More than a hundred years ago, when the Filipino people fought for independence from colonial rule, 25-year old Jose Rizal wrote Noli Me Tangere which sparked a revolution that would eventually topple the Spanish government from the Philippines.
During the Martial Law era, when the people struggled to restore their civil rights, student activists like Lean Alejandro united the youth as the UP student council chairman, leading them to fight back against the tyranny of the Marcoses.
Now that we have lived past a foreign monarchy and a failed dictatorship, the youth continue to aspire for a free, fair and just society.
In these crucial times, when democratic spaces in the country have opened, the youth are venturing into an area where many of them have never gone before – the local governments.
Youth engagement in LGUs
Everywhere in the country, young people are making the world a better place, making their voices heard for gender equality, urban poor development, sustainable environment, and other relevant issues.
They are getting more creative in pushing for important reforms in the government by doing art protests, profile picture campaigns, and tweet-ups with decision makers to drum up support for progressive policies.
In Cebu, where the first ordinance protecting LGBT communities and other groups was passed in 2012, youth leaders and groups were one of the first to show support to the ordinance.
Cebu City Councilor Alvin Dizon, the author of the Cebu City Anti-Discrimination Ordinance, said that the Sangguniang Kabataan Federation President Philip John Po co-authored the measure while LGBT youth sector were very active in lobbying it.
Student groups in Cebu like the Student Council Alliance of the Philippines (SCAP) is helping the City Council draft a Students Rights and Welfare Ordinance.
In Cagayan de Oro, young people know they can participate more in the political process even after elections. They banded together in 2013 to promote good governance in the city by forming a body to represent the youth in crafting local policies.
The Kagay-anons for Good Governance (KGG) coalition proposed to City Mayor Oscar Moreno a model for a local youth development council representing “in-school and out-of-school youths, youth with special needs, community-based, faith-based and indigenous and more youth.”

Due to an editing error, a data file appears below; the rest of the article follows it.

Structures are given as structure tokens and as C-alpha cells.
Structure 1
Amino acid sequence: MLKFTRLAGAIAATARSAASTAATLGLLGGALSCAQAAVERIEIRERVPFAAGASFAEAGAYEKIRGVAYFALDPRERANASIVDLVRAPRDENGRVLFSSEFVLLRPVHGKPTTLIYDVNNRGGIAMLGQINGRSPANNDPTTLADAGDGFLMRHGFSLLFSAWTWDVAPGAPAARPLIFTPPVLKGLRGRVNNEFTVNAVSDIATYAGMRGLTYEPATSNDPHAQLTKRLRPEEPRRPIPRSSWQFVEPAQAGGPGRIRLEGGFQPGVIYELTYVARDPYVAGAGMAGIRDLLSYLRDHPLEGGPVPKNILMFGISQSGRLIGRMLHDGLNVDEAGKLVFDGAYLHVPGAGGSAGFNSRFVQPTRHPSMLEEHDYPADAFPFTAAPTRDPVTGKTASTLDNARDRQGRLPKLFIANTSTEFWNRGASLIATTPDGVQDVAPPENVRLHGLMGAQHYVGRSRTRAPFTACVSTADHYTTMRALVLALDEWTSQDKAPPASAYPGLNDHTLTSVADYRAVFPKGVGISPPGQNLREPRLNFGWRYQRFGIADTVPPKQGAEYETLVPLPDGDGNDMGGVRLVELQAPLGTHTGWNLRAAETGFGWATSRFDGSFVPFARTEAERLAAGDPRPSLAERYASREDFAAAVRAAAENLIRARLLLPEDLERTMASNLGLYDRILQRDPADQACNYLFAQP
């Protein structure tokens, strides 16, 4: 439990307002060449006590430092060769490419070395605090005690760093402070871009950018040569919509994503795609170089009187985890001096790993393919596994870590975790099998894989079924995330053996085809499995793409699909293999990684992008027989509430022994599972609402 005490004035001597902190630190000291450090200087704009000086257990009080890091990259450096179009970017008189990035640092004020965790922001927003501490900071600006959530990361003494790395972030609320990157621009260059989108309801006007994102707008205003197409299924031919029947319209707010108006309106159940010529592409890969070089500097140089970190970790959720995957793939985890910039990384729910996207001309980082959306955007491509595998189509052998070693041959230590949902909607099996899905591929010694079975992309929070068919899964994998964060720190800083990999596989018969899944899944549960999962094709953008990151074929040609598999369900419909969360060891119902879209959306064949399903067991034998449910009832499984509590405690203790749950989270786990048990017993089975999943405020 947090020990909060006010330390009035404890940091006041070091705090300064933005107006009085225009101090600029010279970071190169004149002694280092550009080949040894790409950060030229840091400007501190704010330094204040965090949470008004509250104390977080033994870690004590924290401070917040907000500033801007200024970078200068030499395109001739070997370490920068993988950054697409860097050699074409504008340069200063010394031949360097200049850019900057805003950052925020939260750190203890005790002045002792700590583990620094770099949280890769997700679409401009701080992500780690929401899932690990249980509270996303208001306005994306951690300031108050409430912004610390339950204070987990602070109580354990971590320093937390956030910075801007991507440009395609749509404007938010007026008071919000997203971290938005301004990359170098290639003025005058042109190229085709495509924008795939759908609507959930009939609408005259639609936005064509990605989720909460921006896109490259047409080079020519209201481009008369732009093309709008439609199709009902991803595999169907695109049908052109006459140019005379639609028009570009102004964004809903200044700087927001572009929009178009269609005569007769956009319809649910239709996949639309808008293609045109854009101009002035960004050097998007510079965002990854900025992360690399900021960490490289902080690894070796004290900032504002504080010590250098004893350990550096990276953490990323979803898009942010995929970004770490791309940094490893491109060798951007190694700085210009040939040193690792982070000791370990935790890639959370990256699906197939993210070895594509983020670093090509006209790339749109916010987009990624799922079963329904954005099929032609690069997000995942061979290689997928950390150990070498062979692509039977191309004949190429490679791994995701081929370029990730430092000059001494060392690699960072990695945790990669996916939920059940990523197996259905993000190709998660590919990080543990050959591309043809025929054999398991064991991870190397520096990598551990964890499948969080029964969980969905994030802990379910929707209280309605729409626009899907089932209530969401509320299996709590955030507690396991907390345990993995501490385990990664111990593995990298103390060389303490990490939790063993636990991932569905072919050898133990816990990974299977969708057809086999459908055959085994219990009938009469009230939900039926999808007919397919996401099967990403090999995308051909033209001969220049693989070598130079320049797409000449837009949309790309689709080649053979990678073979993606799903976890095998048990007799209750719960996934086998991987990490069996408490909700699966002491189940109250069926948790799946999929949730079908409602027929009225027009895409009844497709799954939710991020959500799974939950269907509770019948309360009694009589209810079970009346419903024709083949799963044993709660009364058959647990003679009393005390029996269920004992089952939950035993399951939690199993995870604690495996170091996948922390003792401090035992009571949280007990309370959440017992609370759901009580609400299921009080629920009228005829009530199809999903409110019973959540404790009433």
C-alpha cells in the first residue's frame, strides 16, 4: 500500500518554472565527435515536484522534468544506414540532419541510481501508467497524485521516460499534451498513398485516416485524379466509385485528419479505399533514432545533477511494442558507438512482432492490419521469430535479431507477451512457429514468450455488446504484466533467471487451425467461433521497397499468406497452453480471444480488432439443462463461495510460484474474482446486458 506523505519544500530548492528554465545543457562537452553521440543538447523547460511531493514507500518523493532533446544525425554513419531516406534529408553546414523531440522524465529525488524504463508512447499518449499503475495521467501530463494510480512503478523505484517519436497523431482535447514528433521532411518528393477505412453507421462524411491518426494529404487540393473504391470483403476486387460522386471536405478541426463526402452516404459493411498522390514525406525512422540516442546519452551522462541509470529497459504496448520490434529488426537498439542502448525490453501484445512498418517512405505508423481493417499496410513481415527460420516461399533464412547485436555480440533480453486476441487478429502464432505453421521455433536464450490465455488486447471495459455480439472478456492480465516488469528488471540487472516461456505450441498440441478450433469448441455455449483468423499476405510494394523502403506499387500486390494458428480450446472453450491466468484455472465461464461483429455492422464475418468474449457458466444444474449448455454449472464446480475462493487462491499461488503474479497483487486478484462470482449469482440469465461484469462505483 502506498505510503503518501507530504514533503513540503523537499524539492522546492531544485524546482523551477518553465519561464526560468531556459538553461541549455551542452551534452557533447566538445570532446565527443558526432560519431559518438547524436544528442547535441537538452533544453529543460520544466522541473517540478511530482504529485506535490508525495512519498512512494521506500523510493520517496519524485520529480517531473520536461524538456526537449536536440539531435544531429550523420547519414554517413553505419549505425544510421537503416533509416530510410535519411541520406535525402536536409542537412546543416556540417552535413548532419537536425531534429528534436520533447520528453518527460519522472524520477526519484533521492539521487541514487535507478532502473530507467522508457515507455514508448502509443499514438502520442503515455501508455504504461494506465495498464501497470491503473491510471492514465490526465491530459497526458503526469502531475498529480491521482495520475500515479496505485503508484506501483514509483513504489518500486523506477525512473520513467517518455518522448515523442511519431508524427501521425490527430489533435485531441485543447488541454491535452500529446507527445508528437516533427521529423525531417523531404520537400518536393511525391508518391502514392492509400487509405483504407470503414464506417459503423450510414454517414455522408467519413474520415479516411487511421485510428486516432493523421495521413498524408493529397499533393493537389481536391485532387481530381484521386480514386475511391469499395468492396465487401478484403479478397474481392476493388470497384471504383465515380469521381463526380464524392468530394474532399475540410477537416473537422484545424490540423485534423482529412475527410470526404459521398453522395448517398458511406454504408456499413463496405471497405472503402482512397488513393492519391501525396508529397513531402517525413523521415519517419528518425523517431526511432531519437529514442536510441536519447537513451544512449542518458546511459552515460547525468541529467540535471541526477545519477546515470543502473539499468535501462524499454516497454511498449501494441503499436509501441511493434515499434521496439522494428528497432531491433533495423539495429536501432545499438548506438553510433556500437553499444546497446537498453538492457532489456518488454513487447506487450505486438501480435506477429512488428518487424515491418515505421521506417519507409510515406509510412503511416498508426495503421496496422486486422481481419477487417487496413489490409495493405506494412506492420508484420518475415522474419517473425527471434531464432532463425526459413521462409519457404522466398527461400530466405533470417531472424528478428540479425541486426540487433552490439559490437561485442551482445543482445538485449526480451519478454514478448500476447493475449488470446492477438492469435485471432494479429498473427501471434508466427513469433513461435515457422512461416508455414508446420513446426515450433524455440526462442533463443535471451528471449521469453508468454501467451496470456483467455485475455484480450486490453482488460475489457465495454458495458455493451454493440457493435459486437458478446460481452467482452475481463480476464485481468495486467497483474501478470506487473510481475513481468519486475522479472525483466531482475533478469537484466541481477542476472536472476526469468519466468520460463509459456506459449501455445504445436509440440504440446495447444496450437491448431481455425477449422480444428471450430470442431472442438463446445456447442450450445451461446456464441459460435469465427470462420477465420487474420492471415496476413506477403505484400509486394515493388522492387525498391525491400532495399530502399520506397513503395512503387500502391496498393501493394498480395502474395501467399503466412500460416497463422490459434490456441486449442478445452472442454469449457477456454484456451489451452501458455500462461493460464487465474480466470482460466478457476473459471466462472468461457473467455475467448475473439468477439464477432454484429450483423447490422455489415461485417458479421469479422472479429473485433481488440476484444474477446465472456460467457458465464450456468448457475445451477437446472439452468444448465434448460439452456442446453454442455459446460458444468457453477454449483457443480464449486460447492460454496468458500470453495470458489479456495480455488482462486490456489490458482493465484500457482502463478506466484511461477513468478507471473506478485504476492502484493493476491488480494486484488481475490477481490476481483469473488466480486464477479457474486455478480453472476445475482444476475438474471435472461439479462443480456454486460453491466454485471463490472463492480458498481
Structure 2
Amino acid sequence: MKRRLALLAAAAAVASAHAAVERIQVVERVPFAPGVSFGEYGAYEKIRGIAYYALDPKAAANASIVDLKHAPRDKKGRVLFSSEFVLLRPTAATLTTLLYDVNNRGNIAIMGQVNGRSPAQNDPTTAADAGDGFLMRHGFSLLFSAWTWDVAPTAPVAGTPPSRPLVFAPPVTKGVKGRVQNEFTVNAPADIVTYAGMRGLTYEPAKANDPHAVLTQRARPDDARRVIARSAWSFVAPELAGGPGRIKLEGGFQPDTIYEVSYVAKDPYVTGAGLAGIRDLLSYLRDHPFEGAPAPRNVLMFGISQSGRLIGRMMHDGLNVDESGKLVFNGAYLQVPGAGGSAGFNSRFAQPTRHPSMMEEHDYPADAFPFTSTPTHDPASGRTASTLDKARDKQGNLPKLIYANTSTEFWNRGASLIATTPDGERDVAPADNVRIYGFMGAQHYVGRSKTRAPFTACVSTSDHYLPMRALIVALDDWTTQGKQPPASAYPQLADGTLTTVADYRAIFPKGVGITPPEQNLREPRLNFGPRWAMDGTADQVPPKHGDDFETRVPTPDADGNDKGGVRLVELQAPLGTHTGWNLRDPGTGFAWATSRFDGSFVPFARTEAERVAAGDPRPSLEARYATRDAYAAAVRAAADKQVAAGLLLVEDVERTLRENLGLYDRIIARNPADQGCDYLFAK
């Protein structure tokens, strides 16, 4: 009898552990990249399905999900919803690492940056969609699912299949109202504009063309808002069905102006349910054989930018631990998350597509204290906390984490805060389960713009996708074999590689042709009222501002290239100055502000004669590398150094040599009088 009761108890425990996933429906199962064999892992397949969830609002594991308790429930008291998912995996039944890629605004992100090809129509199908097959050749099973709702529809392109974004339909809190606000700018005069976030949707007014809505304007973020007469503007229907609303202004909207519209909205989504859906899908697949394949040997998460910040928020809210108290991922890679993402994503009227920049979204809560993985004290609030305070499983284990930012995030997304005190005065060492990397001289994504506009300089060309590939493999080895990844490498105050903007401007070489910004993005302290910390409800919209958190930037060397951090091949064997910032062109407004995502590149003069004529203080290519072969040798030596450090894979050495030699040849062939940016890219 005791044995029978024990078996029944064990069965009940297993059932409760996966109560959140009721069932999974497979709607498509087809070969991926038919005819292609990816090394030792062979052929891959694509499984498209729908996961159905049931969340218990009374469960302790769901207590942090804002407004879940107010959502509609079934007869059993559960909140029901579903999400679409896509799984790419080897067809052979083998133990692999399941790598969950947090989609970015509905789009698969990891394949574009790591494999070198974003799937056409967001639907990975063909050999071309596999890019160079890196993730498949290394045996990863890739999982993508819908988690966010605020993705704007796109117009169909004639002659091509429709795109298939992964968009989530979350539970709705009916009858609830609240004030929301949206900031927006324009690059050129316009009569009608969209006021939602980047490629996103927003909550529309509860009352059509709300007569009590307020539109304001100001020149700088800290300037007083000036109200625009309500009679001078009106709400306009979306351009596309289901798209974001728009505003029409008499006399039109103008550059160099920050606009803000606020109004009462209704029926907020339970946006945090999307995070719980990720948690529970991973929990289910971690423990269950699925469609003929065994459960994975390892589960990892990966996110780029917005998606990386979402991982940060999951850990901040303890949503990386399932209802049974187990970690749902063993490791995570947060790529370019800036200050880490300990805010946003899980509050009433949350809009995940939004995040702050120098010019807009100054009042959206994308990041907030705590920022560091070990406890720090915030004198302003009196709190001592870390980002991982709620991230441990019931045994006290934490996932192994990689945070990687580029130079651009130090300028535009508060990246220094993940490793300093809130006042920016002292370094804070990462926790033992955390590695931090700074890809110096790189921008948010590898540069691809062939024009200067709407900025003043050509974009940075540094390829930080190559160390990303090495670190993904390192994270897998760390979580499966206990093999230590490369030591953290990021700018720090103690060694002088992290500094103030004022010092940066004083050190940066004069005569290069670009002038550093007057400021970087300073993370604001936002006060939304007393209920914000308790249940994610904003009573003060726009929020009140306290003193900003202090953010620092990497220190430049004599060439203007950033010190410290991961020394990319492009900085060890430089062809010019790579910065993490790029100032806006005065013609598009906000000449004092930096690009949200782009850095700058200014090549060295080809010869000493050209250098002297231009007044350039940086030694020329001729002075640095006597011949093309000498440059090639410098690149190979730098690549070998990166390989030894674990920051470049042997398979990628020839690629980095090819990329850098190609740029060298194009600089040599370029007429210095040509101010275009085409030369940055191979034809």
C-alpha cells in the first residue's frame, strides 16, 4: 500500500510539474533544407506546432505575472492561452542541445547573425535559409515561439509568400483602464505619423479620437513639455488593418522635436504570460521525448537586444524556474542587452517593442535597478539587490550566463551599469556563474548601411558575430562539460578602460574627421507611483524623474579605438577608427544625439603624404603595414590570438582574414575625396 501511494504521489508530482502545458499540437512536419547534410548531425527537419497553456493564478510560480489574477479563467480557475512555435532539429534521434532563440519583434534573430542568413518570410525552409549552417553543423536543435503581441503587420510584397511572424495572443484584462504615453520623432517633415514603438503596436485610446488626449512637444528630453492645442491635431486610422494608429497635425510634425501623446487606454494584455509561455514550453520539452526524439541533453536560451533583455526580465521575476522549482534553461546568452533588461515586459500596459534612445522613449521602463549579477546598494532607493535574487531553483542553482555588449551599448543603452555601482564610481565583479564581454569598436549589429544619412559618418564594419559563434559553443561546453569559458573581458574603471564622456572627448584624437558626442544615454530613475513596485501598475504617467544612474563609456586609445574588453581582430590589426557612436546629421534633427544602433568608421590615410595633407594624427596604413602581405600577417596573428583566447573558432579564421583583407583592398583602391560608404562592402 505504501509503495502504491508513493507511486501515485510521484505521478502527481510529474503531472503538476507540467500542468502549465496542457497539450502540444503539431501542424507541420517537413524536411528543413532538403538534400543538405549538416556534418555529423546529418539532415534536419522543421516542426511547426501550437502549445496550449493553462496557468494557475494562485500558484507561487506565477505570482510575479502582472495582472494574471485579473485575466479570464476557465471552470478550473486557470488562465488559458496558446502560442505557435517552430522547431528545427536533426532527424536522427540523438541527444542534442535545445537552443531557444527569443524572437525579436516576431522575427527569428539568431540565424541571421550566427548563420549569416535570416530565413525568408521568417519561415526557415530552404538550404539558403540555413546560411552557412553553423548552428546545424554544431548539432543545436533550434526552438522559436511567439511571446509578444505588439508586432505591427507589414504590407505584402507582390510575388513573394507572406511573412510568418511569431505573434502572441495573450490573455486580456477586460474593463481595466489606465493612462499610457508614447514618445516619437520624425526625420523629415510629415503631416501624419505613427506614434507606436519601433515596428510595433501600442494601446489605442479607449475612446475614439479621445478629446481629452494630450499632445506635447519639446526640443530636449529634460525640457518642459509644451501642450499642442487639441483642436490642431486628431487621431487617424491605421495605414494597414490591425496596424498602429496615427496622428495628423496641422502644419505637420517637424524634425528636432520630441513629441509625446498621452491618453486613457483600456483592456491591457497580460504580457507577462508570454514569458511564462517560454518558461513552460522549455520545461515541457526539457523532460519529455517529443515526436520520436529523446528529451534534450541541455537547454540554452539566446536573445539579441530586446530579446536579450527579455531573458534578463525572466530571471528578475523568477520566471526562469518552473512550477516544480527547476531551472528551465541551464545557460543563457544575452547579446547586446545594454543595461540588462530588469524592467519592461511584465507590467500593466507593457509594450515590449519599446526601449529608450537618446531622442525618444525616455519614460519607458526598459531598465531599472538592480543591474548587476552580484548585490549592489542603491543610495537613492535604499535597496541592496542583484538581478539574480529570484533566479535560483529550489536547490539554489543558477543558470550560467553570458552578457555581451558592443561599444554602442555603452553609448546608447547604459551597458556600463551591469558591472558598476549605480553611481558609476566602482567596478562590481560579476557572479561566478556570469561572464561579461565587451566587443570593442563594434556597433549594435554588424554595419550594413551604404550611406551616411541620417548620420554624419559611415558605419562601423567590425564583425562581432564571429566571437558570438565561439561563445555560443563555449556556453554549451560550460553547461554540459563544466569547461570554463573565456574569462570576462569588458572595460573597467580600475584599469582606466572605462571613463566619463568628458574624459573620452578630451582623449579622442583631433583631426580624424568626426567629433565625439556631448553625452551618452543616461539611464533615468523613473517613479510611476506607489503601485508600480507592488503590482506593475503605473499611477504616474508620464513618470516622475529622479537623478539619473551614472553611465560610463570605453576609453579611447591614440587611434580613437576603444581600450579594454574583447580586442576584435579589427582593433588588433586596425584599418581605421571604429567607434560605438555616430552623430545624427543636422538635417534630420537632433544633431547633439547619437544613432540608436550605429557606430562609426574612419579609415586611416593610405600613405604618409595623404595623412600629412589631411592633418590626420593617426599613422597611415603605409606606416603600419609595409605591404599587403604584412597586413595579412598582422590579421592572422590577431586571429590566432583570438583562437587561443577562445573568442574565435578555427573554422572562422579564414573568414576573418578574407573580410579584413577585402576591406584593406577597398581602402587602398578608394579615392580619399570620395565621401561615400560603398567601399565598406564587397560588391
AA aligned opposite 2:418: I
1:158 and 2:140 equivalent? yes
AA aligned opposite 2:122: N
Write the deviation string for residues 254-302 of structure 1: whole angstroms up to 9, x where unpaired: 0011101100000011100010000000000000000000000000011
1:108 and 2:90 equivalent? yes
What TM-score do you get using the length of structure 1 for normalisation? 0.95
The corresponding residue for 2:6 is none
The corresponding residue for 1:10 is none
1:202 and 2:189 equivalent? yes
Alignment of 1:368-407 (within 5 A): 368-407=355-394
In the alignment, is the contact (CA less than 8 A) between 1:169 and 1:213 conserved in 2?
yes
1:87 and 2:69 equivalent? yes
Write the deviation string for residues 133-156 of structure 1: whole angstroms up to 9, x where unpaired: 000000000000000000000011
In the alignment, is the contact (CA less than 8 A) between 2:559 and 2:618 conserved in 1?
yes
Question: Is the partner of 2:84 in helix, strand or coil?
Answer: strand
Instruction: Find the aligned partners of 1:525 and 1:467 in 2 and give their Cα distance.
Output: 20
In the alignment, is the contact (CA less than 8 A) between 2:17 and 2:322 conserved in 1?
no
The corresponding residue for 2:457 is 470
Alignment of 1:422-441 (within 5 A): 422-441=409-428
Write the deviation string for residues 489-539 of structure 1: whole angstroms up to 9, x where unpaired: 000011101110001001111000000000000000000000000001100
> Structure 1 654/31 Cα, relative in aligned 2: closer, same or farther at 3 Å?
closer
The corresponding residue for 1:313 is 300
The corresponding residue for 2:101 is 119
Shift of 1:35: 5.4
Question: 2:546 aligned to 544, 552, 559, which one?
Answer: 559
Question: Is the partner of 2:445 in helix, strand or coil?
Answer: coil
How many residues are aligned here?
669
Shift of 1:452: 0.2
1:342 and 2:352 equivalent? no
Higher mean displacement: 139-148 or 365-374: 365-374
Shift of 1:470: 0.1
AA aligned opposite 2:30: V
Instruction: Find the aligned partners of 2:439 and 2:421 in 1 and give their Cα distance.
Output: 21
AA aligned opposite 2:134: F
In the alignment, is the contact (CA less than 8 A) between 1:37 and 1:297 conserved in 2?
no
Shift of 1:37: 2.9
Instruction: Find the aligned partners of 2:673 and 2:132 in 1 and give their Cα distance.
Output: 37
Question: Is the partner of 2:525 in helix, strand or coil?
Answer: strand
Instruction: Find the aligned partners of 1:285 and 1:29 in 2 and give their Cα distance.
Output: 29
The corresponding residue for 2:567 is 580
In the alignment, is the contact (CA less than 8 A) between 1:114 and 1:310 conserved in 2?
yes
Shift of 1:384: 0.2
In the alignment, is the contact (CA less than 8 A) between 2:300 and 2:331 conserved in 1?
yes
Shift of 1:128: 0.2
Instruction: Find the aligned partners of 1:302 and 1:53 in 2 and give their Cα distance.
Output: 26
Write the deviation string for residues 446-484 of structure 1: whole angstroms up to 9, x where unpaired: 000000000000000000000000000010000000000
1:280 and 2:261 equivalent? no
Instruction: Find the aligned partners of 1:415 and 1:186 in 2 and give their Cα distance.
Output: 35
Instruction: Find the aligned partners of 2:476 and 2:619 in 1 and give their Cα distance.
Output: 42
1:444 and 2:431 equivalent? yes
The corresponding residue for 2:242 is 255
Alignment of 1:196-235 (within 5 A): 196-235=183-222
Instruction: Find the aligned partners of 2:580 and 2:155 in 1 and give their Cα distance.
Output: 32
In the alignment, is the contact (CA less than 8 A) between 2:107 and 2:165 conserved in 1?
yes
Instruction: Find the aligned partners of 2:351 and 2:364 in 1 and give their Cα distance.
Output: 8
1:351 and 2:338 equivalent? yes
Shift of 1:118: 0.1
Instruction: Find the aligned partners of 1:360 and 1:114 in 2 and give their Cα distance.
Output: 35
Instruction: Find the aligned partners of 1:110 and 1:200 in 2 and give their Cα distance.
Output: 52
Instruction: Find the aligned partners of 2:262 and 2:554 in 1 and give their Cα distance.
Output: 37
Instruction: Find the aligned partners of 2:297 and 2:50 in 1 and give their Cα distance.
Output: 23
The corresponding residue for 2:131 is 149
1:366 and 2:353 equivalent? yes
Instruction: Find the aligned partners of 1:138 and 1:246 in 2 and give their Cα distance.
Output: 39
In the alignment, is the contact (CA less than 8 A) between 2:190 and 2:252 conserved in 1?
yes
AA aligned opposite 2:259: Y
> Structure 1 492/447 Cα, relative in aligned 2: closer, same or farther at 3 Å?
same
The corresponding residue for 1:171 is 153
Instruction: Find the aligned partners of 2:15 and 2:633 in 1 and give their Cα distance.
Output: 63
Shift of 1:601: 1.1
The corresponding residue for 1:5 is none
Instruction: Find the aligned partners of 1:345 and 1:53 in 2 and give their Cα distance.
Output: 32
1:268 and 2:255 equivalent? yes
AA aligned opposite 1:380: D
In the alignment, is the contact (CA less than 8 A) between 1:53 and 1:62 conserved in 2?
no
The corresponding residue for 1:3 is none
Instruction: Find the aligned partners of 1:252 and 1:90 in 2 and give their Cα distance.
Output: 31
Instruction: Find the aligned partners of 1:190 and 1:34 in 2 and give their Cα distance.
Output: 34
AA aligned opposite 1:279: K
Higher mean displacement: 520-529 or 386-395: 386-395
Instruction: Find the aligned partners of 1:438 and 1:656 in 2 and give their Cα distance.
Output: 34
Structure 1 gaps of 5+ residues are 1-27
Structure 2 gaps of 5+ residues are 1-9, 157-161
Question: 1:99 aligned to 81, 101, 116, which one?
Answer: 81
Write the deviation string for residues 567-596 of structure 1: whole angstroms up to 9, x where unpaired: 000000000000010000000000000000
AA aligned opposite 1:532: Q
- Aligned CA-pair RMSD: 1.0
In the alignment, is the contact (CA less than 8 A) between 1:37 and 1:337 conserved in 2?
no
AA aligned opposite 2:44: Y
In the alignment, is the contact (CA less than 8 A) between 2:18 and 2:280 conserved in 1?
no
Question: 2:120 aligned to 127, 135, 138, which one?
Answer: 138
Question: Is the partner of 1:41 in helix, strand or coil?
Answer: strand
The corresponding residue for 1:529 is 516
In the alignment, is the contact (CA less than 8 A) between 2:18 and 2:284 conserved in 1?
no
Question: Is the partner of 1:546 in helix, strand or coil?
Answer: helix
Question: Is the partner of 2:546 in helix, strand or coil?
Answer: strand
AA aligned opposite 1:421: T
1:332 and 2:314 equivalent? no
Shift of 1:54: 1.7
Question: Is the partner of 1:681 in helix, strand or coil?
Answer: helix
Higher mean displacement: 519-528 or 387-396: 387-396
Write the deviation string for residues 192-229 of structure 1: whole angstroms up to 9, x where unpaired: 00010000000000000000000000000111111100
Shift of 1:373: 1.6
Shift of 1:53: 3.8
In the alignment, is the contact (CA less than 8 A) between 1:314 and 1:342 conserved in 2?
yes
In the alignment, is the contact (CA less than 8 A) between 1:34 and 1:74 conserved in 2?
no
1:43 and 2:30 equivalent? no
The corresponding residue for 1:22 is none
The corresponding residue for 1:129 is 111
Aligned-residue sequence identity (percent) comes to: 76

In 2014, the CDO Youth Development Council was officially formed backed by a law that gave the youth a mandate to participate in decision-making in local schools boards, disaster response offices, among others.
In Quezon City, the Center for Youth Advocacy and Networking (CYAN), a non-government organization led by people from the youth sector, is forming the Education Budget Watch Alliance to guarantee that state universities and colleges in the Philippines are getting the right budget and are using it efficiently to make accessible education possible.
Now, the youth group is researching on how SUCs are spending their budget to eventually allow youth representation in the budget process inside public universities.
With the growing participation of youth groups in the political arena, the youth is becoming a strong force that cannot be ignored anymore.
The huge impact that young people are making in local governments is felt across the nation and spreading to more cities, shattering away old political chains like elitism, patronage, and cynicism.
The vision for young people now is to make youth engagement in government a norm.
That’s something Jose Rizal and Lean Alejandro would be proud of. – Rappler.com
Justine Raphael Luis Balane is a 4th year Mass Communication student in the University of the Philippines (UP) Cebu, where he also serves as the chairperson of the student council. He’s doing research for Education Budget Watch, specifically looking into how state universities use thier budget. You can email him at firstname.lastname@example.org.
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